Visible to the public A scientific data provenance harvester for distributed applications

TitleA scientific data provenance harvester for distributed applications
Publication TypeConference Paper
Year of Publication2017
AuthorsStephan, E., Raju, B., Elsethagen, T., Pouchard, L., Gamboa, C.
Conference Name2017 New York Scientific Data Summit (NYSDS)
Date Publishedaug
KeywordsAccelerated Climate Modeling, Accelerated Climate Modeling for Energy project, Atmospheric measurements, Atmospheric modeling, Biological and Environmental Research, Cognitive science, composability, Data analysis, Data models, distributed applications, Earth System Modeling program, electronic data interchange, Energy project, environmental factors, experimental rationale, Extreme Scientific Workflows project, file based evidence, HAPI, Harvester Provenance Application Interface syntax, harvesting, Human Behavior, Internet, Metrics, Performance, performance measurements, prestage provenance, process history, ProvEn, Provenance, Provenance Environment, provenance related information, provenance store, pubcrawl, relational databases, Resiliency, Science Integrated end-to-end Performance Prediction, scientific applications, scientific data provenance harvester, scientific information systems, Syntactics, tabular job management provenance, US Department of Energy Office of Science

Data provenance provides a way for scientists to observe how experimental data originates, conveys process history, and explains influential factors such as experimental rationale and associated environmental factors from system metrics measured at runtime. The US Department of Energy Office of Science Integrated end-to-end Performance Prediction and Diagnosis for Extreme Scientific Workflows (IPPD) project has developed a provenance harvester that is capable of collecting observations from file based evidence typically produced by distributed applications. To achieve this, file based evidence is extracted and transformed into an intermediate data format inspired in part by W3C CSV on the Web recommendations, called the Harvester Provenance Application Interface (HAPI) syntax. This syntax provides a general means to pre-stage provenance into messages that are both human readable and capable of being written to a provenance store, Provenance Environment (ProvEn). HAPI is being applied to harvest provenance from climate ensemble runs for Accelerated Climate Modeling for Energy (ACME) project funded under the U.S. Department of Energy's Office of Biological and Environmental Research (BER) Earth System Modeling (ESM) program. ACME informally provides provenance in a native form through configuration files, directory structures, and log files that contain success/failure indicators, code traces, and performance measurements. Because of its generic format, HAPI is also being applied to harvest tabular job management provenance from Belle II DIRAC scheduler relational database tables as well as other scientific applications that log provenance related information.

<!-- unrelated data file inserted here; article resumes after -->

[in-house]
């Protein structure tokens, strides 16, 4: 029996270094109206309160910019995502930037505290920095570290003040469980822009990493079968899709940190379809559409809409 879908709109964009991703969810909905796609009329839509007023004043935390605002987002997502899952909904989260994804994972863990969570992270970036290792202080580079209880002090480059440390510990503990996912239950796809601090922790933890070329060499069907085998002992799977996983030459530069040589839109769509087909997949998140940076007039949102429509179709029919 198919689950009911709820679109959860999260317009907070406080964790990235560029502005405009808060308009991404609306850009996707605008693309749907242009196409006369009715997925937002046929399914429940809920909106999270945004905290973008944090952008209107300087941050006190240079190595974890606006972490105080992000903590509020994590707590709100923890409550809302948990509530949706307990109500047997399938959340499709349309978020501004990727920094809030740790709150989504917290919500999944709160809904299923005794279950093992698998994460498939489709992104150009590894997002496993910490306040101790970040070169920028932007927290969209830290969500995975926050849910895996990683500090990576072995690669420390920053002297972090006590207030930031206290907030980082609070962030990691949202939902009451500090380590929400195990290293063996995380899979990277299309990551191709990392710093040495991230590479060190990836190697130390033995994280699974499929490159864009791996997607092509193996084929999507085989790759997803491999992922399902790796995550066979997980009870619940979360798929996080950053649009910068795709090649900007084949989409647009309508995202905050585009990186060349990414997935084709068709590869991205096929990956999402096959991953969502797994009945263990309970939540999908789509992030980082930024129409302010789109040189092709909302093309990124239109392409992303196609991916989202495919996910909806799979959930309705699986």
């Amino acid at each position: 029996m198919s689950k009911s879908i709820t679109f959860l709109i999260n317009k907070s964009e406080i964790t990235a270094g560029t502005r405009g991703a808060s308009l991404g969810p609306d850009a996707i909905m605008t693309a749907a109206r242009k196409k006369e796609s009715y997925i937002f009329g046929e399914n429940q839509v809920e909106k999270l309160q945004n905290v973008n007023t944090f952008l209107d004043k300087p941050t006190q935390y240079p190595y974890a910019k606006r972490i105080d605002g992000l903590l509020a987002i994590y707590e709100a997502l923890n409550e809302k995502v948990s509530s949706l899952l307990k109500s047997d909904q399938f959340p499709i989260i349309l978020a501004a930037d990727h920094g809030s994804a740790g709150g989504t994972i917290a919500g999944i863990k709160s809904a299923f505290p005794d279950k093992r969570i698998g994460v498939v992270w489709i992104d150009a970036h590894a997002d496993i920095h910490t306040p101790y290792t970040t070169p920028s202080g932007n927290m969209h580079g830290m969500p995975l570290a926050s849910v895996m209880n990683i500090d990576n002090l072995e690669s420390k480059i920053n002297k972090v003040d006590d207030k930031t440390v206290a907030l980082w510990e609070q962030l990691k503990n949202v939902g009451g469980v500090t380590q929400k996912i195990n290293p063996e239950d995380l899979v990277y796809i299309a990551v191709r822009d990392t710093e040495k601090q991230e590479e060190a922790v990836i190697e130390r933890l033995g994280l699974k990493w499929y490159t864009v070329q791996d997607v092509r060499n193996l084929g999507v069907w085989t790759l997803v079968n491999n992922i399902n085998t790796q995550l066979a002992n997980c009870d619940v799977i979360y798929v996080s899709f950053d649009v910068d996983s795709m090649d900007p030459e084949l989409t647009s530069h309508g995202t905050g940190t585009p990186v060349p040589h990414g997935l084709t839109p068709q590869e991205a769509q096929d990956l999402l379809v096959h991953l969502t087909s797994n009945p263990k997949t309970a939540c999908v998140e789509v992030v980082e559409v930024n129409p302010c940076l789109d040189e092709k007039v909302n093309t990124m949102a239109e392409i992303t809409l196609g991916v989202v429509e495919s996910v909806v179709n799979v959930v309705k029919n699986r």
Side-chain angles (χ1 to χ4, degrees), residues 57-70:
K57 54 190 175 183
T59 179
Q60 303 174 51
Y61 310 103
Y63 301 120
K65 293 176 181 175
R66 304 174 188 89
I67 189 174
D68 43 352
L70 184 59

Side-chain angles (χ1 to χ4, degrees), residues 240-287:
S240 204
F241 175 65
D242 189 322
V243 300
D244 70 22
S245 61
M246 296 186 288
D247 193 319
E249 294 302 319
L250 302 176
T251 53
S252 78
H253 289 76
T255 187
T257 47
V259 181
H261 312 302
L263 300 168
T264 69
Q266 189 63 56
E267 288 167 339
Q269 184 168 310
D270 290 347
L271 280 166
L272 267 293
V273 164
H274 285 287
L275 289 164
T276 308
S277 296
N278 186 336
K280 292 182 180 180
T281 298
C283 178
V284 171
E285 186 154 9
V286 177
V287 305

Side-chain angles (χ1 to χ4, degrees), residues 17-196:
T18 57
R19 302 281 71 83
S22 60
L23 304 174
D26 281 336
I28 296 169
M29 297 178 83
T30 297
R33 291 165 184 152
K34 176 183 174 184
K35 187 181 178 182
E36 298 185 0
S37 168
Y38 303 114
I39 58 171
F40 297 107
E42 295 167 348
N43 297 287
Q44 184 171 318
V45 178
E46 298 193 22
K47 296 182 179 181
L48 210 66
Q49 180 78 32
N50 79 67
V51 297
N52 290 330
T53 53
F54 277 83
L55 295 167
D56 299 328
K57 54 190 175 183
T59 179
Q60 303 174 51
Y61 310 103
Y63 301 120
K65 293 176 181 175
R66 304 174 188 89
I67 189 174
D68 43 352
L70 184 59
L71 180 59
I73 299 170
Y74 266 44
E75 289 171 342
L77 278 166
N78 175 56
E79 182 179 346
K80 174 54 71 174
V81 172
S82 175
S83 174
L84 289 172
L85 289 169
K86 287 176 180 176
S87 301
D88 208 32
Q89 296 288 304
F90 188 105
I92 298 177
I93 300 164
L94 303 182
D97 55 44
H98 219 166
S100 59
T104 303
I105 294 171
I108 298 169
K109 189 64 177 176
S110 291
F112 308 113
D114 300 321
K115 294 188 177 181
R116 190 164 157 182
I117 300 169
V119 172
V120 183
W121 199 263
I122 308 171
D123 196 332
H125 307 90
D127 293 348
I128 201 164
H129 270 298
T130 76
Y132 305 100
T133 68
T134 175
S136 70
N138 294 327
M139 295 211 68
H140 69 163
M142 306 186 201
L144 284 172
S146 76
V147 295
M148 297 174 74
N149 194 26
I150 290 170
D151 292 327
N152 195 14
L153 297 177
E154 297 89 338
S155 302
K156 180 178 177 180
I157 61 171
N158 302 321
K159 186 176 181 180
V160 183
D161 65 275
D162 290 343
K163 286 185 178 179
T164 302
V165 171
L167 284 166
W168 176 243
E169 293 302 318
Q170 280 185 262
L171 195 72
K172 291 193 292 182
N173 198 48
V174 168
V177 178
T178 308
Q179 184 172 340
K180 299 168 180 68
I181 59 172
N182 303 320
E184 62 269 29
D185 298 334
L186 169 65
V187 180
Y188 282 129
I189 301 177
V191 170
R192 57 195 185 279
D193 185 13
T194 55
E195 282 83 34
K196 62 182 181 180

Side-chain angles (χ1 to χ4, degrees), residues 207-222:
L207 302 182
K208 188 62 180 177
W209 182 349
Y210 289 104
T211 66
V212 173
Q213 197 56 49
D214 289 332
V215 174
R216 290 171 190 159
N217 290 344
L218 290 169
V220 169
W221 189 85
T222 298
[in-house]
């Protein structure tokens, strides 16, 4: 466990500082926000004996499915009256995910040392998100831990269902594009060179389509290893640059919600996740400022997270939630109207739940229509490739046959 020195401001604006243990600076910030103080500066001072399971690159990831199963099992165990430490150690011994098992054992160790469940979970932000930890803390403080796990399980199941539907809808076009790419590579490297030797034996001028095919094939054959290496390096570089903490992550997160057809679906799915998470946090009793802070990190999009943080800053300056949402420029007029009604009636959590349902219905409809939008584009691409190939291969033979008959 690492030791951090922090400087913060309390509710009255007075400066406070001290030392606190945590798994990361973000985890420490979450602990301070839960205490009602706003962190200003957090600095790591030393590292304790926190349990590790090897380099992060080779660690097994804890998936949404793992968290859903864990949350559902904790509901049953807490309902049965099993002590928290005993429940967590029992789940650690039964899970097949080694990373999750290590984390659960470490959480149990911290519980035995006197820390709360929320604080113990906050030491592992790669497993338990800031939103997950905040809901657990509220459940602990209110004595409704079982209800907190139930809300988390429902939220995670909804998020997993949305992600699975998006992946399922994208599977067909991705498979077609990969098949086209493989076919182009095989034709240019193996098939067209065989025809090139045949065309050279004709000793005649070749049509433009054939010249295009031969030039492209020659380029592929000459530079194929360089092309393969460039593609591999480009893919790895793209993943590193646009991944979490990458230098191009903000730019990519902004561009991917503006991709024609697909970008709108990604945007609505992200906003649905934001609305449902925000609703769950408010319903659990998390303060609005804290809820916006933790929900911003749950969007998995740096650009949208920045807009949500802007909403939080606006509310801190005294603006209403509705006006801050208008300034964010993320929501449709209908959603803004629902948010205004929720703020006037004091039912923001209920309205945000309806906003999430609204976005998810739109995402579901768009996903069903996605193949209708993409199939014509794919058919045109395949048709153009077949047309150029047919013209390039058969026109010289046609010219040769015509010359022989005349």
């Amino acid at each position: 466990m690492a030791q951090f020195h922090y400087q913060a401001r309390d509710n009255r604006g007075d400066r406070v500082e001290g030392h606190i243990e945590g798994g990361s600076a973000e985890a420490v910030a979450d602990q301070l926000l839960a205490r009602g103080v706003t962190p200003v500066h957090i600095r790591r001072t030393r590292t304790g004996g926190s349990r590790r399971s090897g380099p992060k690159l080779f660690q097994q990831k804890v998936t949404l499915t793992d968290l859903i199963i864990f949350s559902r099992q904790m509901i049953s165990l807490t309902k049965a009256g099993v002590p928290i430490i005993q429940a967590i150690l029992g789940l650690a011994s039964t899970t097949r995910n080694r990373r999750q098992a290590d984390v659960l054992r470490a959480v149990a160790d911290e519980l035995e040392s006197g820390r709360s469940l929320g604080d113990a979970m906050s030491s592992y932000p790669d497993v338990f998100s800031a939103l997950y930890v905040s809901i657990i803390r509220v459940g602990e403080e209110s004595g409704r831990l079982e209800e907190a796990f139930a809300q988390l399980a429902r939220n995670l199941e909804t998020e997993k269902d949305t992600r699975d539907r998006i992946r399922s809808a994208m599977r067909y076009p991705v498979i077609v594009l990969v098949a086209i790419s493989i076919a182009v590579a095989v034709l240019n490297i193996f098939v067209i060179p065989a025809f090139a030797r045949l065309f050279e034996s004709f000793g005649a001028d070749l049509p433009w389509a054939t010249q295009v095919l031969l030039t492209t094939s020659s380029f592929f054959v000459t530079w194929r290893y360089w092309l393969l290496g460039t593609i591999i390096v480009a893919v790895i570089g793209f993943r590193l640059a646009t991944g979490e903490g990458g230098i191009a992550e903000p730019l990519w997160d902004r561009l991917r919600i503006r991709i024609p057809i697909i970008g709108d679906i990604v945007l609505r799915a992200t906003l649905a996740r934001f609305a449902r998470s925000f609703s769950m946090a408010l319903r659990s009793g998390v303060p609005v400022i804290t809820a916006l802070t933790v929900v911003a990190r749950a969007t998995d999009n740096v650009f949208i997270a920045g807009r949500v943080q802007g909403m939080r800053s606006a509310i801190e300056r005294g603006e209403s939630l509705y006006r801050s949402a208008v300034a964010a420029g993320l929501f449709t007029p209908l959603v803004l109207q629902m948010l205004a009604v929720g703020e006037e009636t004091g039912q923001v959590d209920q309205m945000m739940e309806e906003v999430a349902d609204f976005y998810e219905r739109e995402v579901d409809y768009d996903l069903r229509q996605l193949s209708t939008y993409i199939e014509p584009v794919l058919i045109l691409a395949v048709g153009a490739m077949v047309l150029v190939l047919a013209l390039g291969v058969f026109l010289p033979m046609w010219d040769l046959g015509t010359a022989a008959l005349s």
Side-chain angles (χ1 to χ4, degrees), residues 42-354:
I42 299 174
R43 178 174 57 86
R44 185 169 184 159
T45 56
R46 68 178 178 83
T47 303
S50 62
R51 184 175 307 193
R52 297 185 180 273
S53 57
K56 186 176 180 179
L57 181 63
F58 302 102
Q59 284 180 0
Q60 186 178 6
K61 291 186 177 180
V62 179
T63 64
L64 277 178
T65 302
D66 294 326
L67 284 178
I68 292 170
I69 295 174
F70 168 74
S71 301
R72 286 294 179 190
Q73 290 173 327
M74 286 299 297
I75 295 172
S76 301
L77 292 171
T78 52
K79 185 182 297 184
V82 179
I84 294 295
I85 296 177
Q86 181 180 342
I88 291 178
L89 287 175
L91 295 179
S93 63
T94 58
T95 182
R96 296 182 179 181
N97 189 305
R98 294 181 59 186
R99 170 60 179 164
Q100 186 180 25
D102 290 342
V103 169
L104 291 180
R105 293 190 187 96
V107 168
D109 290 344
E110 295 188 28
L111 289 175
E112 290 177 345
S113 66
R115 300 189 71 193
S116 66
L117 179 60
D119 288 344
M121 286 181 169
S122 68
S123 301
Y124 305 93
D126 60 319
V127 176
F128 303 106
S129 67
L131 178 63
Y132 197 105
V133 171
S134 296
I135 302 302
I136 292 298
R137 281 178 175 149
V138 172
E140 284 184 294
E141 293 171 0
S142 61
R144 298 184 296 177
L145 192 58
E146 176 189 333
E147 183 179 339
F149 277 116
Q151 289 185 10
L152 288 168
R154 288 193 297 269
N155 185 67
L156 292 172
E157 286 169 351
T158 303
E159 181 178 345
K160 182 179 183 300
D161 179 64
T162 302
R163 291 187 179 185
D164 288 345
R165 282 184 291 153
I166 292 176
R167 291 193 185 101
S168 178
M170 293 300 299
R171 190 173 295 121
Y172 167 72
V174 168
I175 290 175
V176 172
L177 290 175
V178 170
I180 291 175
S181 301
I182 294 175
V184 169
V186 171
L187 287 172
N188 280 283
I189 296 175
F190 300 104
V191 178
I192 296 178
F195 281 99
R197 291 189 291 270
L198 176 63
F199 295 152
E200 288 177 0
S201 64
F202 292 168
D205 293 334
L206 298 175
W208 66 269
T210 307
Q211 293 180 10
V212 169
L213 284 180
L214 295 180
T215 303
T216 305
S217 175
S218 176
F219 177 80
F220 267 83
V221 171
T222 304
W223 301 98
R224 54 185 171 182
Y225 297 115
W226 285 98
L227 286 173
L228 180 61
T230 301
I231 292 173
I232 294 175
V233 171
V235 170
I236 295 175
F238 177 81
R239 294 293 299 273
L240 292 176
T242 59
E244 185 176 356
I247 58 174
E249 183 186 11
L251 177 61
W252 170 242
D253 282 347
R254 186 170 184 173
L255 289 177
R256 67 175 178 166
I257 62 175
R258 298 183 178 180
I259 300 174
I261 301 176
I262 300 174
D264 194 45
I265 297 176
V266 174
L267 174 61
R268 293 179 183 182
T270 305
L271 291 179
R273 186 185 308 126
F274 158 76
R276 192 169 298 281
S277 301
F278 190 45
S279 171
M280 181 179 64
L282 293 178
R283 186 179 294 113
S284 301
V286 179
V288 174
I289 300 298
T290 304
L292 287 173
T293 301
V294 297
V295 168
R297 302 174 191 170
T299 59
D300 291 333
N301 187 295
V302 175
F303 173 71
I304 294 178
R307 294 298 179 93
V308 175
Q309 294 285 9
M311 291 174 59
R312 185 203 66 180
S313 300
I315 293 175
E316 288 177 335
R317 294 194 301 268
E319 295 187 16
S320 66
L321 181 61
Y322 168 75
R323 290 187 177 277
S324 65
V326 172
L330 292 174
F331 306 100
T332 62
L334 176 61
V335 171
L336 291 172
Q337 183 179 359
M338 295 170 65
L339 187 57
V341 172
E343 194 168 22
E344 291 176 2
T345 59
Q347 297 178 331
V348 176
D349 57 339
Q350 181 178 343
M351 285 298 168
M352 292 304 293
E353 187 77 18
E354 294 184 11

Citation Keystephan_scientific_2017